Each week LGBT HealthLink, a Program of CenterLink, brings you a round-up of some of the biggest LGBTQ wellness stories from the past week.
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Monkeypox Cases Decline – But Caution Needed
NMAC updated us on the latest Monkeypox news, including the overall decline in cases across the U.S. that has been observed over the past several weeks. However, they warn that cases are still rising in some areas – and demand for the vaccine has declined, possibly because of lower numbers of cases. New efforts are taking a more targeted approach of using different community avenues to reach Black and Latinx sexual minority men, who are most at risk; to that end, the update also included information on emerging research regarding disparities.
Gay, Bi Men Have Mixed Response on Monkeypox
On that same subject, Pew Research Center published research finding that gay and bisexual men were cooler to the government’s efforts to address the Monkeypox epidemic than was the general public. Only 34% of gay and bisexual men thought that the government has done a “good” or “excellent” job so far, compared to 49% who said it was “fair” or “poor;” the general public had about the same percent who thought that the government had done well, but had many more people still undecided on the government’s response. This makes sense given that the survey also found that sexual minority adults were more tuned into the Monkeypox epidemic, with 40% saying they had heard a “great deal” or “quite a bit” about it compared to 29% of straight adults.
Online Hate Puts Pressure on Care
VICE reported on the rise of false and misleading attacks on social media against health centers that provide gender-affirming care. They point to examples in Ohio and Tennessee of hospitals quickly removing all references from their websites on the gender-affirming care that they provide after they were subjected to hostile online attacks by those who are not in favor of such services being available. Even a hospital in LGBT-friendly Chicago had to cancel some transgender support services due to security risks. Advocates say that “hiding” information on gender-affirming care causes problems of its own, especially as gender-affirming care is already so difficult to find, particularly in rural and low-resource areas.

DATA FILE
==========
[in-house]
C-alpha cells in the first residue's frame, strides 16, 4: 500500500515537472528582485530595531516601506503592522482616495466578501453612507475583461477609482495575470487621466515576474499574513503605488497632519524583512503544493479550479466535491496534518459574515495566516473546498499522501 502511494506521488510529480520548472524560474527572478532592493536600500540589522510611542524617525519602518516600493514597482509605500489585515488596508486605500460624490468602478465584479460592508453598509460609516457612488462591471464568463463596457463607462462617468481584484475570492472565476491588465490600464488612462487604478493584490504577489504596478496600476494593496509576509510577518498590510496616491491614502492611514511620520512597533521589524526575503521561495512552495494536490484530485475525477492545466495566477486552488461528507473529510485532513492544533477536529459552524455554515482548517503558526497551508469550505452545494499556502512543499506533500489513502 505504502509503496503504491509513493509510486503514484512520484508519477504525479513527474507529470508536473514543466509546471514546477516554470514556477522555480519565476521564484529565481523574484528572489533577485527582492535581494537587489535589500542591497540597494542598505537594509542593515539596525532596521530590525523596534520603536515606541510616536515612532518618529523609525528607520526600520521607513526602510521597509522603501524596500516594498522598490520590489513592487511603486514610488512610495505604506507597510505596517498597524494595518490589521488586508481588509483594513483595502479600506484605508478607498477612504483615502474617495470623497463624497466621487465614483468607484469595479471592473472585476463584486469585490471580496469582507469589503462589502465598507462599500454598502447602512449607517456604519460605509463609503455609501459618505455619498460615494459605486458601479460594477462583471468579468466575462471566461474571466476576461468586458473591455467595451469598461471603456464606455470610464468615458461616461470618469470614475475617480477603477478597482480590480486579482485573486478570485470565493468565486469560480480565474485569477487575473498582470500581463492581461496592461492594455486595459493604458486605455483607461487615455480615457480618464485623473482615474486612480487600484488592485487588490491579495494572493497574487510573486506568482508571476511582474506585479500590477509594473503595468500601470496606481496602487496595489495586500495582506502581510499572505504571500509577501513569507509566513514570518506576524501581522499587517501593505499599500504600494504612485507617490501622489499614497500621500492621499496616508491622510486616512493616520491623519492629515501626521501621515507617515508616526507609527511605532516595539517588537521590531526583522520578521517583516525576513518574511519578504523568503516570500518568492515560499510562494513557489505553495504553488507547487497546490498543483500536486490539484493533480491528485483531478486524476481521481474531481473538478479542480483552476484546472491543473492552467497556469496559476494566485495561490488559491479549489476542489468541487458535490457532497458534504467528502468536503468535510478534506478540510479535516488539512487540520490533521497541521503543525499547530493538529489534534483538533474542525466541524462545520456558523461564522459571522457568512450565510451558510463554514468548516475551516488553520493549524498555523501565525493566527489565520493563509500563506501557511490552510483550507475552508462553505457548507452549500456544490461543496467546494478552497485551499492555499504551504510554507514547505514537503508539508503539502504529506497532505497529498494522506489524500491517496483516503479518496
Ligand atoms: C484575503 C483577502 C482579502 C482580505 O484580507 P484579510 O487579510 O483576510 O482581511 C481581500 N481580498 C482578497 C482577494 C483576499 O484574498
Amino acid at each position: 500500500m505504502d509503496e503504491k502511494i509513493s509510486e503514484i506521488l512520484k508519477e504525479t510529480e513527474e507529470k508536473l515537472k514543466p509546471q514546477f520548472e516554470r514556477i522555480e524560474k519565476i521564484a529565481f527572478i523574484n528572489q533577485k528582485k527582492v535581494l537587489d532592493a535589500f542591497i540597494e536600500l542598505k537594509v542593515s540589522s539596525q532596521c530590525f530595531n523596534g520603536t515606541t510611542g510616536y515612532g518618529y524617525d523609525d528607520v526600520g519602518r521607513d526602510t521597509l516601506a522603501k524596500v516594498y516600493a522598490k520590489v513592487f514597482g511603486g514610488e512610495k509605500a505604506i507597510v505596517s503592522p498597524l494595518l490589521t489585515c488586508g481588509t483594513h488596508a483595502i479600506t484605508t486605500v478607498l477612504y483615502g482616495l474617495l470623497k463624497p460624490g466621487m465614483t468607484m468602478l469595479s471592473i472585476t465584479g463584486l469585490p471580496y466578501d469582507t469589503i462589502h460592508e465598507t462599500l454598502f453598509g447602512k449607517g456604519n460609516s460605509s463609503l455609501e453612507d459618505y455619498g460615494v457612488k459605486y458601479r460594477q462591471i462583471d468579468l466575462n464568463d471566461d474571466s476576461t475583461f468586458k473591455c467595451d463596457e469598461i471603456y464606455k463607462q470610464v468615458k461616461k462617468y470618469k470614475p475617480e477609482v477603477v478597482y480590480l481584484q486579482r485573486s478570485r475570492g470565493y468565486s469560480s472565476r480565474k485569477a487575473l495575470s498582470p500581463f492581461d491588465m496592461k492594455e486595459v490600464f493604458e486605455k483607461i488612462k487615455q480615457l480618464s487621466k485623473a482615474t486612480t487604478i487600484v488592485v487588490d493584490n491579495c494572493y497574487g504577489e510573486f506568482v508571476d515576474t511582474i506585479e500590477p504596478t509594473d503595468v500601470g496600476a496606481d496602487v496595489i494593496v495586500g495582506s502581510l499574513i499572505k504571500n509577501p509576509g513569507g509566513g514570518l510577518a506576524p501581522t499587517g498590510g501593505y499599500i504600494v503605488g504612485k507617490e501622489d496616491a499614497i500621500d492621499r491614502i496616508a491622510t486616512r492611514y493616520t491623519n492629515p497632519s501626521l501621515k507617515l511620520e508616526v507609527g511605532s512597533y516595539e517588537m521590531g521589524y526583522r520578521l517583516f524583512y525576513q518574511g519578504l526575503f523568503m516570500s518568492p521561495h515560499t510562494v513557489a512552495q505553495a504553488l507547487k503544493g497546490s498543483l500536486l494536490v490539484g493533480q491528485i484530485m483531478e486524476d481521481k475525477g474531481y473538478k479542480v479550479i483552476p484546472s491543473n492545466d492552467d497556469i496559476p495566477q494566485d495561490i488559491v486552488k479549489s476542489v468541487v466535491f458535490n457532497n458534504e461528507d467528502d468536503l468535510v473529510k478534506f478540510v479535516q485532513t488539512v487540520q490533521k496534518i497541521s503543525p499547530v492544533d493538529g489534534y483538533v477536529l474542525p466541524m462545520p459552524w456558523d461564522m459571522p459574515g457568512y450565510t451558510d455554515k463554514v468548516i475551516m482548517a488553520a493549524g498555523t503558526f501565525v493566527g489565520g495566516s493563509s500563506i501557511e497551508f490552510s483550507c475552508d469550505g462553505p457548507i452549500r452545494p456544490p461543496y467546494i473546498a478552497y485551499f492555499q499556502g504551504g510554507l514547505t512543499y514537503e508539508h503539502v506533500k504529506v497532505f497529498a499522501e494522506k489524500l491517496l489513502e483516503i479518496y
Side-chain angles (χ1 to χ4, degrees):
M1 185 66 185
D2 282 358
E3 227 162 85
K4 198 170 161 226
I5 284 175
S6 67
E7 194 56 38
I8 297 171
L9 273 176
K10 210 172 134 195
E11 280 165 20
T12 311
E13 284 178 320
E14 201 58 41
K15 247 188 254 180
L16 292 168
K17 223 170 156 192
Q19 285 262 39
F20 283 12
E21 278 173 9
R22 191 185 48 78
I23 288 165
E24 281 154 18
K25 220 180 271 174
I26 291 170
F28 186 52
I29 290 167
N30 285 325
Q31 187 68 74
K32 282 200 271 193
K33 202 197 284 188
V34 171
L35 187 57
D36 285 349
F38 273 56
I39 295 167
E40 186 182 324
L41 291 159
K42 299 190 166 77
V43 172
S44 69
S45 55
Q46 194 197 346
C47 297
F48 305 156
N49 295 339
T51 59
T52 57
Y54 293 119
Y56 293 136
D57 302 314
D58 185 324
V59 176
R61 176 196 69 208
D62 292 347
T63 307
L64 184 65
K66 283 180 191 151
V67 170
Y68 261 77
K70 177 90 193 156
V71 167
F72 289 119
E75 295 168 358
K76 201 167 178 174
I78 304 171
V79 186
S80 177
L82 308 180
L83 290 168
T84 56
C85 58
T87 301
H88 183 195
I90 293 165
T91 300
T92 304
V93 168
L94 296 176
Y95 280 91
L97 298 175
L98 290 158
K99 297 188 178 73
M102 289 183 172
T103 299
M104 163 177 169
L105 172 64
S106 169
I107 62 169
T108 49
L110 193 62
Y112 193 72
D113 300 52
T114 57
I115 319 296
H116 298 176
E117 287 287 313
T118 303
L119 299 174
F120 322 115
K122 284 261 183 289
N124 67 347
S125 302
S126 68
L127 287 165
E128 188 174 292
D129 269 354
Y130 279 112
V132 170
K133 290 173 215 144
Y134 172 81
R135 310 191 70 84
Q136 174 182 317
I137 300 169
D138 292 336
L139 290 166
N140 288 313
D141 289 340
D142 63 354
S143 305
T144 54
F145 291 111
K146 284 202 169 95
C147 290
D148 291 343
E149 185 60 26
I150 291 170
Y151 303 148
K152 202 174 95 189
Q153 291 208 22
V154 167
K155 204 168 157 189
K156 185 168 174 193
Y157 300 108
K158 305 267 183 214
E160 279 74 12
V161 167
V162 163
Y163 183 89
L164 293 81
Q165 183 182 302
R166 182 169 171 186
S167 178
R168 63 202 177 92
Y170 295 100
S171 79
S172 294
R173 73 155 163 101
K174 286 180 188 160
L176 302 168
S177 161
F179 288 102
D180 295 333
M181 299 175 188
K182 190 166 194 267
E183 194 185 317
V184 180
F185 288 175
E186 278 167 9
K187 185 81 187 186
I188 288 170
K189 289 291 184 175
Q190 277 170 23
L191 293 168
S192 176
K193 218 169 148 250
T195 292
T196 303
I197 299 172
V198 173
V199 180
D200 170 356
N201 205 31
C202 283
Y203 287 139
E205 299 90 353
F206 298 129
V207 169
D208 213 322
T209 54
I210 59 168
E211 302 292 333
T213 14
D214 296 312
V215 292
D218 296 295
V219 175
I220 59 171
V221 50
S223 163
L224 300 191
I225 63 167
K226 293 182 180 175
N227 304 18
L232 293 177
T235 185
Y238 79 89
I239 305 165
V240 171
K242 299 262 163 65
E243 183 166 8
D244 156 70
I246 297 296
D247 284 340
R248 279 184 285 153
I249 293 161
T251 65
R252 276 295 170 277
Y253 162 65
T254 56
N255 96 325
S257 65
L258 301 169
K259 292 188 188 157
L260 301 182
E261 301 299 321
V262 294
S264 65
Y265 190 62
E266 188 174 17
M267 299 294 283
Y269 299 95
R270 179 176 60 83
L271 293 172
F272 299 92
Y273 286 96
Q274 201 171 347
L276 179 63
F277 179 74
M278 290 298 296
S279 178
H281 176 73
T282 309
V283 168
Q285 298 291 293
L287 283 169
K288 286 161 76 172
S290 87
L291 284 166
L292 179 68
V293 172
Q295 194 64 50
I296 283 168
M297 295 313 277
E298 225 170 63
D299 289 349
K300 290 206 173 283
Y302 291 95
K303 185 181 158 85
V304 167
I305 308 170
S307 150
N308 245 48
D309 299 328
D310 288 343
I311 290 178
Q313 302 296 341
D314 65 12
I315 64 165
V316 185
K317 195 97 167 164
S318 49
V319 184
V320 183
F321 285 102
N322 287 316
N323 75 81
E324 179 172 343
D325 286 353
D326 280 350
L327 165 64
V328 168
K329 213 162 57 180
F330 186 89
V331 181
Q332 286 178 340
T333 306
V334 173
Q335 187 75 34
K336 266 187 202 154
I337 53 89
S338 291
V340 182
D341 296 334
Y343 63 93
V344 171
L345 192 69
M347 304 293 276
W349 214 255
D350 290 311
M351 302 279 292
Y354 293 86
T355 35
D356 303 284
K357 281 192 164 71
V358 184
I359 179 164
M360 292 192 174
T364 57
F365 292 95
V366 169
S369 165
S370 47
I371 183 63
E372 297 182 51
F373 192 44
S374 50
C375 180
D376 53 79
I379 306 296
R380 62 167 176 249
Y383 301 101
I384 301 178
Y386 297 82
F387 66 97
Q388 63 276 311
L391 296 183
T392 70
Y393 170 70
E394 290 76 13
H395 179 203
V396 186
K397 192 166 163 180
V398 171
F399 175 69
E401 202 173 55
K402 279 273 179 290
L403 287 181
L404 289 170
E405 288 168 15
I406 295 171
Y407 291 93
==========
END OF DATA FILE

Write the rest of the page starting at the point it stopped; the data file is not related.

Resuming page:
Exploring Bi Stigma and Its Impacts
The New York Times published an interactive story on stigma facing bisexual individuals (both from within and outside of LGBT communities), and how living in this “double closet” takes a toll on the mental health of this population. Research has revealed a major source of stress is “identity invalidation,” in which others frequently express their belief that bisexual identities do not even really exist. One strategy for overcoming these challenges is to build a community that includes other bisexual individuals; the Bi Resource Center maintains a list of support and social groups, which are also offered at many LGBT community centers.
National Gay Men’s HIV Awareness Day Observed
The CDC marked September 27 as National Gay Men’s HIV Awareness Day, including through releasing social media posts as well as campaign materials in both English and Spanish. Key messages included using PrEP as a prevention option (which is often recommended for sexually active gay and bisexual men), using the national testing and prevention services locator, and understanding Undetectable = Untransmittable among people who are living with HIV and on treatment, a message that helps reduce stigma.
HIV Vaccine Research Progresses
Nature published research that may help us get one step closer to an HIV vaccine. Researchers explained that their research is uncovering the importance of timing in delivering a prospective vaccine, finding that a seven-shot regime over twelve days – and then no action, while the body naturally did what needed to be done – was an effective strategy in a study conducted with monkeys. There is still a lot of work that needs to be done, including figuring out how to simplify things, given the impracticalities for many people of getting that many shots over a roughly two-week period.